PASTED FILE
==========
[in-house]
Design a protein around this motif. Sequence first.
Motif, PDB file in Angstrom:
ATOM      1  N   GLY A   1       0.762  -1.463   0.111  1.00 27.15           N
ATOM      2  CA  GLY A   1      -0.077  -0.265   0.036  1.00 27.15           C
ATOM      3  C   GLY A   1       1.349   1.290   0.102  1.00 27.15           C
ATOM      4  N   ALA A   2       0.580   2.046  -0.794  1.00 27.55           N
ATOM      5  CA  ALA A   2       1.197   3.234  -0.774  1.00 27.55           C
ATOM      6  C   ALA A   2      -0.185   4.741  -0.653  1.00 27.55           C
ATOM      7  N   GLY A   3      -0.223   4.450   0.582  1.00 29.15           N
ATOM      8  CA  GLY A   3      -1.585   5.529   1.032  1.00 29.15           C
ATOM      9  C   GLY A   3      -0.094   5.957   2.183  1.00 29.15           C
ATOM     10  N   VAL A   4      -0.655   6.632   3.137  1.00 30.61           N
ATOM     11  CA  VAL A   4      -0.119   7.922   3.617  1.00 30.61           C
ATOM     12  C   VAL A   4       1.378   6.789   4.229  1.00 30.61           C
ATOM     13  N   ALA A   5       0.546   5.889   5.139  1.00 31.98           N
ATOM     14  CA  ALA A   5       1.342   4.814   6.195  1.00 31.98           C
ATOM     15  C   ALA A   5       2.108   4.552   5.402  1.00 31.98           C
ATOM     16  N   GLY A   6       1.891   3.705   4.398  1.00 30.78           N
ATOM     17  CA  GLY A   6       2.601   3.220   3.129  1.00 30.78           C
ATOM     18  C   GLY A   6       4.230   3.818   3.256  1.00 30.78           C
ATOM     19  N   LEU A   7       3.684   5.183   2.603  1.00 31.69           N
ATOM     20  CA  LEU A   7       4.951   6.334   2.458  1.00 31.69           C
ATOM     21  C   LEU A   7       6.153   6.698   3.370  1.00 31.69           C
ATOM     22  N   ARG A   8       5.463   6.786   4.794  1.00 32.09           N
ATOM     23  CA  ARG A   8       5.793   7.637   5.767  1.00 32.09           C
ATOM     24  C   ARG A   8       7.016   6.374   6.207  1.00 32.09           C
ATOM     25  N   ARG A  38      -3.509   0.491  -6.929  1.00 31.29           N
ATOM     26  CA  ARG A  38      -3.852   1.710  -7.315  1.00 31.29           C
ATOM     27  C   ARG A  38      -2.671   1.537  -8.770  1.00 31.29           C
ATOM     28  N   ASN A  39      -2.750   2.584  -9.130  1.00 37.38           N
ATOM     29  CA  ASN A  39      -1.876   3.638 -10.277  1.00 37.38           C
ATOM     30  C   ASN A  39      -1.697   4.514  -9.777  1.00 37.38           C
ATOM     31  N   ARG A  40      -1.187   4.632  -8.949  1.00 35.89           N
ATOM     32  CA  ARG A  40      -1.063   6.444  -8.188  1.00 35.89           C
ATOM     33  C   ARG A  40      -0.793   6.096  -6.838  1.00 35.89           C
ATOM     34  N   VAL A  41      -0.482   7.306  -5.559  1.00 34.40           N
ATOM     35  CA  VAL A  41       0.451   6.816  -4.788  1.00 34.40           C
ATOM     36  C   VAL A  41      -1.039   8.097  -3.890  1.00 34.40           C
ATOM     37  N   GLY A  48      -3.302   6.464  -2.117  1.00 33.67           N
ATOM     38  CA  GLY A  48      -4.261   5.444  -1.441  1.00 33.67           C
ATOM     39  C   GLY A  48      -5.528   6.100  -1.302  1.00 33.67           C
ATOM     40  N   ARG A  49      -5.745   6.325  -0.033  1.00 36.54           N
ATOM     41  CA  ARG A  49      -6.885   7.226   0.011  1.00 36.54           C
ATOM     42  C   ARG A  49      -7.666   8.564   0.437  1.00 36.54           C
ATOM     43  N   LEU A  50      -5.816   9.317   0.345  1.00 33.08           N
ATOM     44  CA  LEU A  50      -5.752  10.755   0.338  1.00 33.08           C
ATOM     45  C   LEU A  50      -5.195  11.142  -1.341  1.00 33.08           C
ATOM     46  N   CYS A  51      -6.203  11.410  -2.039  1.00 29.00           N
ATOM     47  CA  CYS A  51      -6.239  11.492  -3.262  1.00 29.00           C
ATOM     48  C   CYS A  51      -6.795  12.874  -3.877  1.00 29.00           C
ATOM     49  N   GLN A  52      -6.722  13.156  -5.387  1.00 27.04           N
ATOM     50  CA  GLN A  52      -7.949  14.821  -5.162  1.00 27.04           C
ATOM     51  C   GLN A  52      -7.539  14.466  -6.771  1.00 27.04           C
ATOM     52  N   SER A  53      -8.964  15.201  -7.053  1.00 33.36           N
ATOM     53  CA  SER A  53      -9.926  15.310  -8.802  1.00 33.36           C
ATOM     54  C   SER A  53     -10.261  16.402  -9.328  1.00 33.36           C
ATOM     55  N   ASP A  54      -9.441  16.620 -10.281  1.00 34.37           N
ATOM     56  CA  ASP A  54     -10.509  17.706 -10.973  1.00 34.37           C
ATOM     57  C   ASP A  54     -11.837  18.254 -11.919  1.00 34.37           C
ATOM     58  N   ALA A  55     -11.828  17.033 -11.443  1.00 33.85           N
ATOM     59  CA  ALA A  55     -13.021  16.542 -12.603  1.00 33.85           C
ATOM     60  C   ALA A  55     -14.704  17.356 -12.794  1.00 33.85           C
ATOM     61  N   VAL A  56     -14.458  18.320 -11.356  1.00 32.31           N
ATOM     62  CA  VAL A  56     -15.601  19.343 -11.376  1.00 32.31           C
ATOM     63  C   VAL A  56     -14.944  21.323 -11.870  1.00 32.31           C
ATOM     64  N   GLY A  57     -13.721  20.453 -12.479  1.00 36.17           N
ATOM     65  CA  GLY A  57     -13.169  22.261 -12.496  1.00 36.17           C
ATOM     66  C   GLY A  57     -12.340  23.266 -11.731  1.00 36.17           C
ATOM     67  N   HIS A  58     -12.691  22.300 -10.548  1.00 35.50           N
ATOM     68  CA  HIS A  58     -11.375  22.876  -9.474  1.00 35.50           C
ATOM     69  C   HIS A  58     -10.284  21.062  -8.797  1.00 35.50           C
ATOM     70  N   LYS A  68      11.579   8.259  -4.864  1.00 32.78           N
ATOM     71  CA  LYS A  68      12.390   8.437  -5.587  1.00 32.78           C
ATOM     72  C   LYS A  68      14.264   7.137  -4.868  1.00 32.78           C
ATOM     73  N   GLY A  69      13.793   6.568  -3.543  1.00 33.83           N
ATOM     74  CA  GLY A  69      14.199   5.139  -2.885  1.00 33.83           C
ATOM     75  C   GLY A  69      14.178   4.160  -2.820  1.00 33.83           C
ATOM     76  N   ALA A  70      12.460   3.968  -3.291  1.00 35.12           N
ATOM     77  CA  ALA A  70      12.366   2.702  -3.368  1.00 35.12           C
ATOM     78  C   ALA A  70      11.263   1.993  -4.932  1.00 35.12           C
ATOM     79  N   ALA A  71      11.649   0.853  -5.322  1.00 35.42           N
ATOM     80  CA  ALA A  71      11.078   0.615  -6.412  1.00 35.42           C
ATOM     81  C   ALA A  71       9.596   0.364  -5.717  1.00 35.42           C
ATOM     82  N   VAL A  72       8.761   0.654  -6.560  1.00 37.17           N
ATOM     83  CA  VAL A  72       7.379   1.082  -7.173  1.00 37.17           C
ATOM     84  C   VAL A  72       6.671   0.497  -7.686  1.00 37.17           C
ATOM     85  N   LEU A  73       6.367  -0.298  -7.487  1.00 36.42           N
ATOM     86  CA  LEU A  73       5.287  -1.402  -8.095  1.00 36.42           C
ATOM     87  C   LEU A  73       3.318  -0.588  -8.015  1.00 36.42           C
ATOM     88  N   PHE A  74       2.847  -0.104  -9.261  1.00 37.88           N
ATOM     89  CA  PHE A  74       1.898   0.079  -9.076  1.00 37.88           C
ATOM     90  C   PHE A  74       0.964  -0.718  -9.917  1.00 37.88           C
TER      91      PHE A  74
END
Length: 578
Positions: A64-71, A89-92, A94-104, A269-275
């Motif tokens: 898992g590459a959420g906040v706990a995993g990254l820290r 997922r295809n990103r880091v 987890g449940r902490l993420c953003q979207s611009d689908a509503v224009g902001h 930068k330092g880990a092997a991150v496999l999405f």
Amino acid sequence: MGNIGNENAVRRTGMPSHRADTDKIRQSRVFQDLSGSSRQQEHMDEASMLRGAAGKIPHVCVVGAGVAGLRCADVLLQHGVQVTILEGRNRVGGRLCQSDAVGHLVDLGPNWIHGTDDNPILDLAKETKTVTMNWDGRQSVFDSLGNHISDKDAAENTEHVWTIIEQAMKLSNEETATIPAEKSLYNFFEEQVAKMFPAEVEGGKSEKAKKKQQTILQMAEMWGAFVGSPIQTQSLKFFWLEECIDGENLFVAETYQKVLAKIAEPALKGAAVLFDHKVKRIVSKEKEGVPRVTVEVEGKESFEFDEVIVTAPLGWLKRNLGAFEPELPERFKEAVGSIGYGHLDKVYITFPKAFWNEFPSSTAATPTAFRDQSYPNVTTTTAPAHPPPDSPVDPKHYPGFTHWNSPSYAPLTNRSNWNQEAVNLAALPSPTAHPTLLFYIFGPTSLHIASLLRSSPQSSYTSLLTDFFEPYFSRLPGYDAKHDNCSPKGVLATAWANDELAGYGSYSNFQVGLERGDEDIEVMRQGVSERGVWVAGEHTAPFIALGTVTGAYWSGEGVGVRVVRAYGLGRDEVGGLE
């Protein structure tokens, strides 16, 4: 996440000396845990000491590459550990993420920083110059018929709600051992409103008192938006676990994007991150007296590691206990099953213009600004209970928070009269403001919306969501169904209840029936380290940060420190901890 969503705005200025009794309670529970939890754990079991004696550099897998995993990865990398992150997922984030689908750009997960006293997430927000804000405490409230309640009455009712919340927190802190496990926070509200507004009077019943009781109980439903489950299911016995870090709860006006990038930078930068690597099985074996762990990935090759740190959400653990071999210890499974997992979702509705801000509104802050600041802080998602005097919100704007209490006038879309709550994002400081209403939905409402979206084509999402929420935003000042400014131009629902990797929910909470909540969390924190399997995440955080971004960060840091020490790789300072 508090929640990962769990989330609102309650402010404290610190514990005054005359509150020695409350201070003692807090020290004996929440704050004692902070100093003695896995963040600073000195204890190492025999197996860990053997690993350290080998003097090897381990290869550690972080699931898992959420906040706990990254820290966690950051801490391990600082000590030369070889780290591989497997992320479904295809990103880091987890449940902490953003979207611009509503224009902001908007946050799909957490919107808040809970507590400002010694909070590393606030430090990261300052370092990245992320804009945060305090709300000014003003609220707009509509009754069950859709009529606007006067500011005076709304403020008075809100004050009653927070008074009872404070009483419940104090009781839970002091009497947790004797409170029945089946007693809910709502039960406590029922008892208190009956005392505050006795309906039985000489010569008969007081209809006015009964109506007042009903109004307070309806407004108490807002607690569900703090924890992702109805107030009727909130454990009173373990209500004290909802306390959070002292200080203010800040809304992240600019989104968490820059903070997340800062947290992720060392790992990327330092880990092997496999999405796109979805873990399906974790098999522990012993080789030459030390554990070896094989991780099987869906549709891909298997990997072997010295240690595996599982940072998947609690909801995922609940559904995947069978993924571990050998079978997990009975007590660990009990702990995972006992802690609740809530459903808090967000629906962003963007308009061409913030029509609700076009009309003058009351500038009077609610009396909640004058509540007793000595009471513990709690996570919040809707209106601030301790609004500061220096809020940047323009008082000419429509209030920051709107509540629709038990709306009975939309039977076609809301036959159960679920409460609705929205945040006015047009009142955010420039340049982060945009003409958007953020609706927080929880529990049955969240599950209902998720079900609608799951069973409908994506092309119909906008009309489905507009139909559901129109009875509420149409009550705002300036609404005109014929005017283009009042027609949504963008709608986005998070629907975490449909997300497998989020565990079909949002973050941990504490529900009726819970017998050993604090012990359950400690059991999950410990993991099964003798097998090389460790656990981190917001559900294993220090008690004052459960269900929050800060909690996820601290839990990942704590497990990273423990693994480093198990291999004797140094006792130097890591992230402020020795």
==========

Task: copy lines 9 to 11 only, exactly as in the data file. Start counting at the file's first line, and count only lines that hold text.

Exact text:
ATOM      6  C   ALA A   2      -0.185   4.741  -0.653  1.00 27.55           C
ATOM      7  N   GLY A   3      -0.223   4.450   0.582  1.00 29.15           N
ATOM      8  CA  GLY A   3      -1.585   5.529   1.032  1.00 29.15           C